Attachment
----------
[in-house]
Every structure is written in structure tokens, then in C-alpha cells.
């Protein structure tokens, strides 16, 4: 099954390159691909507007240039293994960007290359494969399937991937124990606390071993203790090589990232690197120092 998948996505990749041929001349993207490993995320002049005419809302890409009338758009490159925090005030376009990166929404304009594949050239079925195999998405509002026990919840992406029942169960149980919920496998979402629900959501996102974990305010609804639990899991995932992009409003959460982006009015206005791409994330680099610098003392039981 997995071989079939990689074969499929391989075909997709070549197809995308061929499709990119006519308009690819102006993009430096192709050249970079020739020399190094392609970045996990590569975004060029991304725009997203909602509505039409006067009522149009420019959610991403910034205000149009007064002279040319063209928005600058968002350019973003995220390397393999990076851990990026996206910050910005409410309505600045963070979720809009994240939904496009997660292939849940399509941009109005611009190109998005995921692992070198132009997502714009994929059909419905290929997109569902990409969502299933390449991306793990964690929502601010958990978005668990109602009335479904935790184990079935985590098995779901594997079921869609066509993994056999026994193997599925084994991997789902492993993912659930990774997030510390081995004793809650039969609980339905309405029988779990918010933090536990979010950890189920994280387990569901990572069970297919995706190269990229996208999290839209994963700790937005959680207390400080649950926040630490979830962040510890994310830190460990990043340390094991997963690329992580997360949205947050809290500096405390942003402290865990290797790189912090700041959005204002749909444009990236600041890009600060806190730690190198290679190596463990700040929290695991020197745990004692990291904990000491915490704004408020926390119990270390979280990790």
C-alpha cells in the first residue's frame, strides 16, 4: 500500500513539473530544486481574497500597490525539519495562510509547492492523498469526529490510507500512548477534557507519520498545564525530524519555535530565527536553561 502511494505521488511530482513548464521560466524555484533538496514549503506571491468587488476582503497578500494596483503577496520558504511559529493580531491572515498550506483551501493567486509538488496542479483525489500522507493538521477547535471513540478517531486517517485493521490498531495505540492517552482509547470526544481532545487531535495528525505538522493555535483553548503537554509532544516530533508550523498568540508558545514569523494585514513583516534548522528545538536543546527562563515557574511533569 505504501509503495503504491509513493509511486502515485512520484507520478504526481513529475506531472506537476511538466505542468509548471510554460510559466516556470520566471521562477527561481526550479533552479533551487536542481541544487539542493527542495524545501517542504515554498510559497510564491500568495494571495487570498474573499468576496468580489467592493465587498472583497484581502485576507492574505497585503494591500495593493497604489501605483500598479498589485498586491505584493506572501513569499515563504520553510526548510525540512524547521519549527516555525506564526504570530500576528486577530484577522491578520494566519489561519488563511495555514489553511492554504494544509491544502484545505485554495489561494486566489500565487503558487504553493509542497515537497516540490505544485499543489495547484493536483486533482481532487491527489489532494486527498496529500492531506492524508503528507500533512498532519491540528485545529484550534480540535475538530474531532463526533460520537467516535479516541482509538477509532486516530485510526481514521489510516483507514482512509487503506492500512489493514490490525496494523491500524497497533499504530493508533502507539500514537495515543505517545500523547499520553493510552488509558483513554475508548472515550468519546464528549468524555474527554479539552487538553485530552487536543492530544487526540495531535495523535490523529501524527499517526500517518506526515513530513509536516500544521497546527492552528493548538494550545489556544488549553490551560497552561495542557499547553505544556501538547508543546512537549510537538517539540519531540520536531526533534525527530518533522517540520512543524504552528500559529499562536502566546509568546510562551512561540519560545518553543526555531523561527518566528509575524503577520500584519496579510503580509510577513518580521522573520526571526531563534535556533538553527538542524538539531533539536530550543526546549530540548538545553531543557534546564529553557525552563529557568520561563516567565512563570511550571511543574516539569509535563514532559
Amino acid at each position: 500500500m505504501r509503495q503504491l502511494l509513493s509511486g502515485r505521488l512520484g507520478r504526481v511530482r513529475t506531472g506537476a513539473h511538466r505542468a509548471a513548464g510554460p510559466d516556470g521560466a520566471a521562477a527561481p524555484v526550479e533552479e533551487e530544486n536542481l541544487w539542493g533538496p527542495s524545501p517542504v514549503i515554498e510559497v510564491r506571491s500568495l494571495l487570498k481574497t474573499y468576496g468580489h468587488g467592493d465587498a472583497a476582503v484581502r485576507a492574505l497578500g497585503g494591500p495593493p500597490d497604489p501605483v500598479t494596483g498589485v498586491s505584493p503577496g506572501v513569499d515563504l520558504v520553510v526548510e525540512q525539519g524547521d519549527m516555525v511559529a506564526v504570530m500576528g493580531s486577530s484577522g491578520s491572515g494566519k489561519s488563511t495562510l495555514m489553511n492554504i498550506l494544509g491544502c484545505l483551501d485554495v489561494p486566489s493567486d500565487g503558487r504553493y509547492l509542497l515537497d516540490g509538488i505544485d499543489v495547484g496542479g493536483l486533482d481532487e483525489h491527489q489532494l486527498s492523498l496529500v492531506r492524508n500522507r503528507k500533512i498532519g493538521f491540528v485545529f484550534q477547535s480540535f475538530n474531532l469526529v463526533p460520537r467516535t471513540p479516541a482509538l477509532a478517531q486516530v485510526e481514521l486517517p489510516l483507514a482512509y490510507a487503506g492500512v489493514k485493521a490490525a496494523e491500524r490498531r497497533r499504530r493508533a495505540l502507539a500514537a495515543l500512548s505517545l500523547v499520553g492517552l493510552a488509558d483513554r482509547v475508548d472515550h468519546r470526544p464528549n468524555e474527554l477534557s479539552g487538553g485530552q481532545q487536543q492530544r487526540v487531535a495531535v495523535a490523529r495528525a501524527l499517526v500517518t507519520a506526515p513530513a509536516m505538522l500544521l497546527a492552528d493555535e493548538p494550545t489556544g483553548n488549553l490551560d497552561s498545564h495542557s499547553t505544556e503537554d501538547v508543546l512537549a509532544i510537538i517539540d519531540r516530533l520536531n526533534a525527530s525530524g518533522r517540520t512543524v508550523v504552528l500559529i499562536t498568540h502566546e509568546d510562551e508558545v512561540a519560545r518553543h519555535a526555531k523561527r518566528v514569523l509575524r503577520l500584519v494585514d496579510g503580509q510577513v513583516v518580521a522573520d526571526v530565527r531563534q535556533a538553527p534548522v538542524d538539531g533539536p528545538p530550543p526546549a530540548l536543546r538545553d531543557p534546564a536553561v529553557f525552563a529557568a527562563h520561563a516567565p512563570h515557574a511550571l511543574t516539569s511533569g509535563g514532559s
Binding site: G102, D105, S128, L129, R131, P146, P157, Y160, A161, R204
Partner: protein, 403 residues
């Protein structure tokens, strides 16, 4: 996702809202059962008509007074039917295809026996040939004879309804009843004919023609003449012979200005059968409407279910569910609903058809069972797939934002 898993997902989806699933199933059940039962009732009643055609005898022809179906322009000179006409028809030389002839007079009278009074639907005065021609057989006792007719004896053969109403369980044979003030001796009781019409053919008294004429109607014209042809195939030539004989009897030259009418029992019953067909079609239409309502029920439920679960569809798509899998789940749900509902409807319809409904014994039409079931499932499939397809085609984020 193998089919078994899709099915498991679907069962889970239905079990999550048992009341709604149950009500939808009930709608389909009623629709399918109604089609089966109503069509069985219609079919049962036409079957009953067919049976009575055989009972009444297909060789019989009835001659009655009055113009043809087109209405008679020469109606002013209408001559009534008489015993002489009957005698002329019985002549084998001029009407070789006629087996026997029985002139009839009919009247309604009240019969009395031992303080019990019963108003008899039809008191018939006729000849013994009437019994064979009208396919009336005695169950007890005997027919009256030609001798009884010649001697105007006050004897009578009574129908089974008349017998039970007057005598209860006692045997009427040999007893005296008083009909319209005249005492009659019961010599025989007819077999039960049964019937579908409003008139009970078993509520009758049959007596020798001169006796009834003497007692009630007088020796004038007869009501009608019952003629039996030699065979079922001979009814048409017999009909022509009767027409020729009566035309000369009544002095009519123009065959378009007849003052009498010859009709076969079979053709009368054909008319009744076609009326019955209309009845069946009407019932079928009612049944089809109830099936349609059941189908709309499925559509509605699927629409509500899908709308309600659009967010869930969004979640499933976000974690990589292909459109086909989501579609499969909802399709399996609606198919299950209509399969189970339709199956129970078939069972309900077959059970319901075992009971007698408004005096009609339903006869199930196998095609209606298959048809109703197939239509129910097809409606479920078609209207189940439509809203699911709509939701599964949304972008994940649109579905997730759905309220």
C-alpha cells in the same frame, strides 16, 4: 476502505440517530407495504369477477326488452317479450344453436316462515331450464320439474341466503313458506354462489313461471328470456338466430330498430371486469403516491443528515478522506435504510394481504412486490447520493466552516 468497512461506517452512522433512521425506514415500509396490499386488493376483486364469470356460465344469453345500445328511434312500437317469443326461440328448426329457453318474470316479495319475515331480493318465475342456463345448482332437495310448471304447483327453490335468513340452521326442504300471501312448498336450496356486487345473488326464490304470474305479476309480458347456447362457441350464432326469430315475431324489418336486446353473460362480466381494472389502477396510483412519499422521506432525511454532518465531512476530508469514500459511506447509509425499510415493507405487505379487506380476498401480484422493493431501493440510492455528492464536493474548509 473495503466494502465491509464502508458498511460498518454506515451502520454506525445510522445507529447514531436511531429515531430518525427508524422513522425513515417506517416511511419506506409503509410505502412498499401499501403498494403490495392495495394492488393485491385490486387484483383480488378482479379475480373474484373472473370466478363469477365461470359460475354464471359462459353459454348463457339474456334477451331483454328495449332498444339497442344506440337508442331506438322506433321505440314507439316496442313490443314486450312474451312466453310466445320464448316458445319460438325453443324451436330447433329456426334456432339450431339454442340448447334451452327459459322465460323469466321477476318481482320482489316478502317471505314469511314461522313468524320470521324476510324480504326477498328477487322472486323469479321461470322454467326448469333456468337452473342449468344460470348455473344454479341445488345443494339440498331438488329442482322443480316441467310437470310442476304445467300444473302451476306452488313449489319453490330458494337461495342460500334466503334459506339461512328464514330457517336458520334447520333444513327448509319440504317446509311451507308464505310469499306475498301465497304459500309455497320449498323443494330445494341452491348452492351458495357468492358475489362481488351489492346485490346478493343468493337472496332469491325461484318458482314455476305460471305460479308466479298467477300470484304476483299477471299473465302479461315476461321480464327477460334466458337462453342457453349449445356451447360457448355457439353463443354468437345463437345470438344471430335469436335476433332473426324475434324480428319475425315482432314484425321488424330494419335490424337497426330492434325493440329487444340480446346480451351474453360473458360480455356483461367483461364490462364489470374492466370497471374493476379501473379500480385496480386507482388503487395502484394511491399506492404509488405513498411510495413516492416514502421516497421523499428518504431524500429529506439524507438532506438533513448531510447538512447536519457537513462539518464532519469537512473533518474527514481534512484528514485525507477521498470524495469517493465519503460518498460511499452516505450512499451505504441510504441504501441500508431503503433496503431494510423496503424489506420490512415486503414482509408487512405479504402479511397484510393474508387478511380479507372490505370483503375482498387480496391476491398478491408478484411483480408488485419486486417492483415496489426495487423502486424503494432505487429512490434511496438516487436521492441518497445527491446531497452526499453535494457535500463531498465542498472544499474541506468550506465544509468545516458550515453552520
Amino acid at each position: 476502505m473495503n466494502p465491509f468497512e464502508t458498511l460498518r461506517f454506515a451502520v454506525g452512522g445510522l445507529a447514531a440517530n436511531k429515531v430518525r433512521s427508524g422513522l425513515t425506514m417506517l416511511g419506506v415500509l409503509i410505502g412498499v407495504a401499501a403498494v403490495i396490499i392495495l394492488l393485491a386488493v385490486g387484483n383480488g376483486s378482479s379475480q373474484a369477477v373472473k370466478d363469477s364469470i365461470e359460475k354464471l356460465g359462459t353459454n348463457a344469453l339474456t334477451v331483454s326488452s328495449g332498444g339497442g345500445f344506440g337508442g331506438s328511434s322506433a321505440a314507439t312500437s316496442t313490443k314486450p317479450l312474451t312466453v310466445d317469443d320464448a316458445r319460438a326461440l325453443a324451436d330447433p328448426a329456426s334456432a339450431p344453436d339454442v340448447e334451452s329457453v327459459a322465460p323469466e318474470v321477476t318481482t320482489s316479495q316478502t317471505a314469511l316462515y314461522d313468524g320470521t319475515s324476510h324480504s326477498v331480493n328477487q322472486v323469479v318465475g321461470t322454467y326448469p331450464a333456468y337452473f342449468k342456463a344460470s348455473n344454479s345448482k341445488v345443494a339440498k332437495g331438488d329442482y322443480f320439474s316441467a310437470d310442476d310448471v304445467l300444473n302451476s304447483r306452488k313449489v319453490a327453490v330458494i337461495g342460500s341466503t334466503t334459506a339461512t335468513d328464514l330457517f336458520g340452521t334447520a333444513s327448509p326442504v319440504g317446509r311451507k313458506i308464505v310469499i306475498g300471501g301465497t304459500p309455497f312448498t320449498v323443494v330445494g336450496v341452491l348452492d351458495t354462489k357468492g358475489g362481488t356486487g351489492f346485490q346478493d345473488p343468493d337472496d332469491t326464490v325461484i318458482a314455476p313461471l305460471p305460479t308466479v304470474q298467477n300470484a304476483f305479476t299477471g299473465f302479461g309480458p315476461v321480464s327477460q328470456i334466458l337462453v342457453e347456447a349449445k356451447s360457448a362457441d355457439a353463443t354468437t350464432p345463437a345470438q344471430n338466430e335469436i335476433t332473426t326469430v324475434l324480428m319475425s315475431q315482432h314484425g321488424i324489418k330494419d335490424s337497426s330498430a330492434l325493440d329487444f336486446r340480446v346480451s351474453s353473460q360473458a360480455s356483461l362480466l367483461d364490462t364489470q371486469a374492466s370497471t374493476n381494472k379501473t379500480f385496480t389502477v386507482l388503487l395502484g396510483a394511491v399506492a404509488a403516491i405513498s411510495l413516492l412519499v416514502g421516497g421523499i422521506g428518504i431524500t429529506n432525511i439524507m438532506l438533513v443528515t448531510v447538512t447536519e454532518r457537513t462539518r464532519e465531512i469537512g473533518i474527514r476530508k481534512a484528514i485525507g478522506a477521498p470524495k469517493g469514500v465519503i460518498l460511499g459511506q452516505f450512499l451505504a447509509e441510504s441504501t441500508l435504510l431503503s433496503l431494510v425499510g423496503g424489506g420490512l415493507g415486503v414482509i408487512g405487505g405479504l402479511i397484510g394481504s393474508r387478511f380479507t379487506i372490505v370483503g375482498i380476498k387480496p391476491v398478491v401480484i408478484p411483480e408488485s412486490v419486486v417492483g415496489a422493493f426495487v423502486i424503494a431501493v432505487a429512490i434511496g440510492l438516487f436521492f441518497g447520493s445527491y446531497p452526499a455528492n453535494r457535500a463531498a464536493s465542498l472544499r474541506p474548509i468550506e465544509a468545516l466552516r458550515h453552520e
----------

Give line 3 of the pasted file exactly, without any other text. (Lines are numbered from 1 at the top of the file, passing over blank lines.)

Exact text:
């Protein structure tokens, strides 16, 4: 099954390159691909507007240039293994960007290359494969399937991937124990606390071993203790090589990232690197120092 998948996505990749041929001349993207490993995320002049005419809302890409009338758009490159925090005030376009990166929404304009594949050239079925195999998405509002026990919840992406029942169960149980919920496998979402629900959501996102974990305010609804639990899991995932992009409003959460982006009015206005791409994330680099610098003392039981 997995071989079939990689074969499929391989075909997709070549197809995308061929499709990119006519308009690819102006993009430096192709050249970079020739020399190094392609970045996990590569975004060029991304725009997203909602509505039409006067009522149009420019959610991403910034205000149009007064002279040319063209928005600058968002350019973003995220390397393999990076851990990026996206910050910005409410309505600045963070979720809009994240939904496009997660292939849940399509941009109005611009190109998005995921692992070198132009997502714009994929059909419905290929997109569902990409969502299933390449991306793990964690929502601010958990978005668990109602009335479904935790184990079935985590098995779901594997079921869609066509993994056999026994193997599925084994991997789902492993993912659930990774997030510390081995004793809650039969609980339905309405029988779990918010933090536990979010950890189920994280387990569901990572069970297919995706190269990229996208999290839209994963700790937005959680207390400080649950926040630490979830962040510890994310830190460990990043340390094991997963690329992580997360949205947050809290500096405390942003402290865990290797790189912090700041959005204002749909444009990236600041890009600060806190730690190198290679190596463990700040929290695991020197745990004692990291904990000491915490704004408020926390119990270390979280990790």